UT and Texas Governor Face Criticism for Their Handling of Pro-Palestine Protesters

Hundreds of local and Texas state police officers arrested 57 protesters at a demonstration on UT’s campus after Gov. Abbott declared the protest antisemitic.

UT and Texas Governor Face Criticism for Their Handling of Pro-Palestine Protesters

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AUSTIN, Texas – The University of Texas’ (UT) and Governor Greg Abbott’s response to pro-Palestine protesters on campus is being criticized by free speech experts, faculty, and the media as being disproportionately harsh.

On Wednesday, hundreds of local and state police in riot gear, some on horseback, arrested 57 protesters at a demonstration on UT’s campus after Abbott declared the protest antisemitic. However, 46 of the protesters who were arrested were soon released because the Travis County court found “insufficient probable cause” for criminal trespassing, reports the Austin-American Statesman.

One of those arrested and then released was a FOX 7 Austin photojournalist who was covering the event. The Freedom of Information Foundation of Texas denounced his arrest, calling on law enforcement to protect First Amendment rights.

“That includes peaceful protest and news gathering. The police should not interfere with a working journalist doing his job covering the news in a public place,” reports the Austin American Statesman.

Critics Claim UT Pro-Palestine Protest was Peaceful

On Wednesday evening, immediately after the arrests, a statement from “concerned UT Austin Faculty” condemned the school’s and police response to the protest, which the group claimed had not threatened violence and was intended to be educational.

Jewish students on UT’s campus were divided as to whether or not the protests rose to the level of antisemitism. One student told The Hill the protests were “hateful” because they took place on the second day of Passover. However, others disagreed, saying that no one was being harassed and nothing that was being said was antisemitic.

Free speech experts have also criticized UT’s handling of the matter.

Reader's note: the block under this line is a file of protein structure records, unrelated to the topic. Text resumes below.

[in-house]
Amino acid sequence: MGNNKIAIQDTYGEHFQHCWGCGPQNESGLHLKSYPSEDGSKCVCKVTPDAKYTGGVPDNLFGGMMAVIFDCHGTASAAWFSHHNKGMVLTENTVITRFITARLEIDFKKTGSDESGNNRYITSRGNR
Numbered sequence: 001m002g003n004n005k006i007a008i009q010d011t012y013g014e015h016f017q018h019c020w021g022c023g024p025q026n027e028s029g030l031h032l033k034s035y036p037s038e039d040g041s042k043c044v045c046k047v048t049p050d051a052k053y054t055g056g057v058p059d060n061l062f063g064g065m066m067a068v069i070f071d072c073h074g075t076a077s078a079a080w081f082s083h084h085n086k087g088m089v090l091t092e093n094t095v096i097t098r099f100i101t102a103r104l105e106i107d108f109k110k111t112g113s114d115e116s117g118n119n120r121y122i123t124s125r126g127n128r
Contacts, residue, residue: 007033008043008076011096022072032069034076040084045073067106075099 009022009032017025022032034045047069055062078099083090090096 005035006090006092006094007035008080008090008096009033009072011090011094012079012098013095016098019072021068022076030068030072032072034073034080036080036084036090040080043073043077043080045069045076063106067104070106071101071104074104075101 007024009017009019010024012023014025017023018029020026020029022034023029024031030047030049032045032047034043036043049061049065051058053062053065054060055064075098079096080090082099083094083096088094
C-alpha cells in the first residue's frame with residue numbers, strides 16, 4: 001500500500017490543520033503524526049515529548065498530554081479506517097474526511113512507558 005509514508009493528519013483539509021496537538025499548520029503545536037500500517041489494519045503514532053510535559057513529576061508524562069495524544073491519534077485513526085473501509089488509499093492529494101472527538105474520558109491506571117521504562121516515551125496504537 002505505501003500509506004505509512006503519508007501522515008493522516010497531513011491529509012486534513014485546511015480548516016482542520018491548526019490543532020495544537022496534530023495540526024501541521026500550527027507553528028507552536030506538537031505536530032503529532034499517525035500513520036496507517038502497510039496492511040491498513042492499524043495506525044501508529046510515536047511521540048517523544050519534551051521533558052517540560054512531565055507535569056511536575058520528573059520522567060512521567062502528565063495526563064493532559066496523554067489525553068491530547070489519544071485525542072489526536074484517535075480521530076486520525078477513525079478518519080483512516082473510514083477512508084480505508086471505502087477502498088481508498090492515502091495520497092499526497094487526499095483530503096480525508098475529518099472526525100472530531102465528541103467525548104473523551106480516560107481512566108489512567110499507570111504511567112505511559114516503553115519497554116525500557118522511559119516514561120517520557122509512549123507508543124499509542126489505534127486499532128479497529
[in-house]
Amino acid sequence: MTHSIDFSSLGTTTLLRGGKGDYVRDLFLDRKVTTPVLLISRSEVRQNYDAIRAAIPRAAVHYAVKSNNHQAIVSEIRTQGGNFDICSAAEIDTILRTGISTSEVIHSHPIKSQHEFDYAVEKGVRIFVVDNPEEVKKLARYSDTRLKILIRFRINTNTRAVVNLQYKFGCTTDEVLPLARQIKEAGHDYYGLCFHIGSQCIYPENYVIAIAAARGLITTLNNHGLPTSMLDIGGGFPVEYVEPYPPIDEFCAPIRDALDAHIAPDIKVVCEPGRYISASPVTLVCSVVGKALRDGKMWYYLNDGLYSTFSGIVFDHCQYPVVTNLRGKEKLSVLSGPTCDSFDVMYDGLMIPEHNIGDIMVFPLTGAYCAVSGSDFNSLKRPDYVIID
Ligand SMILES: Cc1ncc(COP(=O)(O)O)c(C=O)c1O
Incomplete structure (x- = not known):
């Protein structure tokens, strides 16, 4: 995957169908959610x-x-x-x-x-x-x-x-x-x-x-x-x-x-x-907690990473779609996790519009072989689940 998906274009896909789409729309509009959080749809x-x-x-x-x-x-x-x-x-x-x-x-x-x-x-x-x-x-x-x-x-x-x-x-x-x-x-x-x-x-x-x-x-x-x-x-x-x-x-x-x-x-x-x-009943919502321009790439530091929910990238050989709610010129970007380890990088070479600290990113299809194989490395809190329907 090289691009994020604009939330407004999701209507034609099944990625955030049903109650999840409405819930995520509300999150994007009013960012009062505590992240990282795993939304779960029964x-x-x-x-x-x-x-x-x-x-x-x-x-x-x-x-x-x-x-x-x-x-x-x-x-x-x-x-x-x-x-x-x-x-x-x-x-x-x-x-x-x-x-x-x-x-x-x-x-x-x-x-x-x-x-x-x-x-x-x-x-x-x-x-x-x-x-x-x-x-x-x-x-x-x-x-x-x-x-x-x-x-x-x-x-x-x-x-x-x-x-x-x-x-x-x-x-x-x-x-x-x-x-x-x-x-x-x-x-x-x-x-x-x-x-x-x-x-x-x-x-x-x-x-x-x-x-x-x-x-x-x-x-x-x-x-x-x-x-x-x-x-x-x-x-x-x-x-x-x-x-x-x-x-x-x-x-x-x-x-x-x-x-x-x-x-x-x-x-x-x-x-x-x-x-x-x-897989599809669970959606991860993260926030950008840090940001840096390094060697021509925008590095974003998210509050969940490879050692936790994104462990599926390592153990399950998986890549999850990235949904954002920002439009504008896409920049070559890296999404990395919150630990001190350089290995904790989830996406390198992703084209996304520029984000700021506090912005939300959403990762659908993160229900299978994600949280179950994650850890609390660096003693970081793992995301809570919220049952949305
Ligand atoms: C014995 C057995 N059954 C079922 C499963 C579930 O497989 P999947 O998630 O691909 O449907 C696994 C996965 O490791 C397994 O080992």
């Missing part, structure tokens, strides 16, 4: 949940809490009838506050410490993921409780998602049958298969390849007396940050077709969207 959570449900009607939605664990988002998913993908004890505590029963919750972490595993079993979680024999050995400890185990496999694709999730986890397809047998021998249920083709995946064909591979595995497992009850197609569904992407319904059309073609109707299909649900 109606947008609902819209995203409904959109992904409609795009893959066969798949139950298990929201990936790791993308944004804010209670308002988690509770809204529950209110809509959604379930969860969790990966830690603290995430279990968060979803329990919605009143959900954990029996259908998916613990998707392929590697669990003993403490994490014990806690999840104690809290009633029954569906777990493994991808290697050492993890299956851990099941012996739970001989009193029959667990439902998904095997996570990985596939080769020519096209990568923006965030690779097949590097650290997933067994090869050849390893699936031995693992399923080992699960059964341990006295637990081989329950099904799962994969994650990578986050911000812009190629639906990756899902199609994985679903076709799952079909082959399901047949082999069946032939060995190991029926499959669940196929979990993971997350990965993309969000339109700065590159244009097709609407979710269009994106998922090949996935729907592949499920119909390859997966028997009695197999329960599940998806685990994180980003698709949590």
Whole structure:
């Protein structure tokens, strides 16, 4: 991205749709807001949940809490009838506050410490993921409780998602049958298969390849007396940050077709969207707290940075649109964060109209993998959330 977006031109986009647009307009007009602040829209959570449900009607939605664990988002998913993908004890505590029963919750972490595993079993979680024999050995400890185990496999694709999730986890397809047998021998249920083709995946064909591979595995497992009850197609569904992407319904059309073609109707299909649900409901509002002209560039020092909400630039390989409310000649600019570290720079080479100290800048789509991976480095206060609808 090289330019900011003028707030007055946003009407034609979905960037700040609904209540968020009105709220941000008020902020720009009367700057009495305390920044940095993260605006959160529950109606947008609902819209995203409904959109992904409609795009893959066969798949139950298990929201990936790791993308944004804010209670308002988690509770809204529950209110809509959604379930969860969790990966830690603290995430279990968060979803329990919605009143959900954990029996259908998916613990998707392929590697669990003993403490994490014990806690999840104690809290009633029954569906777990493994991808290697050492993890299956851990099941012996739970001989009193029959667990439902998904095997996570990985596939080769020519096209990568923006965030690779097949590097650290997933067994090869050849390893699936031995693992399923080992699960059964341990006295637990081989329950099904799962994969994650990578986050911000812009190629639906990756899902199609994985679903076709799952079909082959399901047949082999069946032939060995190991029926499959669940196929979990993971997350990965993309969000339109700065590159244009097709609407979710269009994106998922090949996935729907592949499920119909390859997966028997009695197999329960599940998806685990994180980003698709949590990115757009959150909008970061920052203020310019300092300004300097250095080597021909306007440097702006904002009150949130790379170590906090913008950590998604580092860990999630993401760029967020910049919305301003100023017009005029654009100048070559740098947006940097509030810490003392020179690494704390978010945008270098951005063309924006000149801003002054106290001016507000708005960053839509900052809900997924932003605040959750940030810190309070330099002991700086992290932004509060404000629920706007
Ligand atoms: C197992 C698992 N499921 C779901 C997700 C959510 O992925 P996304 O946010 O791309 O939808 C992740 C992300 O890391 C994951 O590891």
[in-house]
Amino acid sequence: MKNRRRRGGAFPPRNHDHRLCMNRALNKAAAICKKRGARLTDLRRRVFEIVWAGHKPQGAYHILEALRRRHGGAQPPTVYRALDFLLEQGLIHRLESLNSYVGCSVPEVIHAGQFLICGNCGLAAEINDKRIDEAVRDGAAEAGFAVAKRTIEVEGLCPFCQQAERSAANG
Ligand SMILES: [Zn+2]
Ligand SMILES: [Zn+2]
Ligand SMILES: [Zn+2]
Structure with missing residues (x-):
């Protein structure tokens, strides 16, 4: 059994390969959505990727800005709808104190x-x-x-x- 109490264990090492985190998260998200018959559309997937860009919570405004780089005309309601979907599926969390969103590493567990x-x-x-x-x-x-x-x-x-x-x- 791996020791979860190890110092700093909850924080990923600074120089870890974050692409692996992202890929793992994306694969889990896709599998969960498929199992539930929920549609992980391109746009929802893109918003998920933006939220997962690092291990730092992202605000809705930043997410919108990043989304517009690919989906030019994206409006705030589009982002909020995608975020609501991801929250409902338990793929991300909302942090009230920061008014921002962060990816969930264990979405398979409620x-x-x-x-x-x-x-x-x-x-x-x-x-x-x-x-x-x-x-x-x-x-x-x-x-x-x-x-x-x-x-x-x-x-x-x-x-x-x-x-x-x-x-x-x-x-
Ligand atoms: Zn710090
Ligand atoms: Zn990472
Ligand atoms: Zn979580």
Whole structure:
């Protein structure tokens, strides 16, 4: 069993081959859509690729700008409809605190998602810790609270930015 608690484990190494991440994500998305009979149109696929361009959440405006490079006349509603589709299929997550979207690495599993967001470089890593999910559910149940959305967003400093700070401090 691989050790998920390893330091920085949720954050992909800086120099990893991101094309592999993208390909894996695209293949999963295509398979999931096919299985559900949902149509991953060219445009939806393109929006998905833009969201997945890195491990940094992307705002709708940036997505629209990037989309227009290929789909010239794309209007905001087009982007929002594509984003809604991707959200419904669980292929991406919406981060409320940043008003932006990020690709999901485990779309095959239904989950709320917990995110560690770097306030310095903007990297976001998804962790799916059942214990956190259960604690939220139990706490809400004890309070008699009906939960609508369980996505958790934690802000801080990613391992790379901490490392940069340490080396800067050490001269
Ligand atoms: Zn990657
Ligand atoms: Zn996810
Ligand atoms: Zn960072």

“The image I’ve seen from the University of Texas appears to be a disproportionate response to what the images suggest were a peaceful protest,” Bob Corn-Revere, chief counsel for the Foundation for Individual Rights and Expression (FIRE) told The Hill. “And when you’re using preemptive government force against people who are protesting and not engaging in violence then you err on the wrong side.”

The Associated Press also described law enforcement’s detention of UT protesters as “aggressive,” contrasting it to how police arrested protesters at the University of Southern California (USC), which the AP described as “peaceful.”

In response to the criticism, UT spokesperson Brian Davis shared the following statement on Thursday with the Austin American Statesman: “The University’s decision to not allow yesterday’s event to go as planned was made because we had credible indications that the event’s organizers, whether national or local, were trying to follow the pattern we see elsewhere, using the apparatus of free speech and expression to severely disrupt a campus for a long period.”

Protests, Encampments on College Campuses Spreading Across the U.S.

The pro-Palestine protests at UT are just one of many demonstrations that have taken place on college campuses over the past week. Prompted by demonstrations at Columbia University last week where 108 people were arrested, hundreds more people on college campuses across the nation have been arrested for protesting Israel’s military activities in Gaza.

In Boston, 108 pro-Palestine protesters were arrested at Emerson College on Thursday. On Wednesday, 93 demonstrators were arrested at USC. Pro-Palestine protest encampments have also been erected at Harvard, MIT, Tufts, Cal Poly Humboldt, Yale, NYU, Vanderbilt, Brown University, the University of Michigan, UC Berkeley, Emory University, Indiana University, George Washington University, UCLA, Northeastern, Ohio State, and more.

Most of the universities cracking down claim the encampments on campus that usually accompany the demonstrations disrupt learning, as well as violate university policies, laws, and instructions regarding occupying outdoor spaces.

The pro-Palestine protesters are calling for their schools to divest from organizations they believe are helping Israel conduct the war, including companies that make weapons and Israeli companies.

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About the Author

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Robin has been covering the security and campus law enforcement industries since 1998 and is a specialist in school, university and hospital security, public safety and emergency management, as well as emerging technologies and systems integration. She joined CS in 2005 and has authored award-winning editorial on campus law enforcement and security funding, officer recruitment and retention, access control, IP video, network integration, event management, crime trends, the Clery Act, Title IX compliance, sexual assault, dating abuse, emergency communications, incident management software and more. Robin has been featured on national and local media outlets and was formerly associate editor for the trade publication Security Sales & Integration. She obtained her undergraduate degree in history from California State University, Long Beach.

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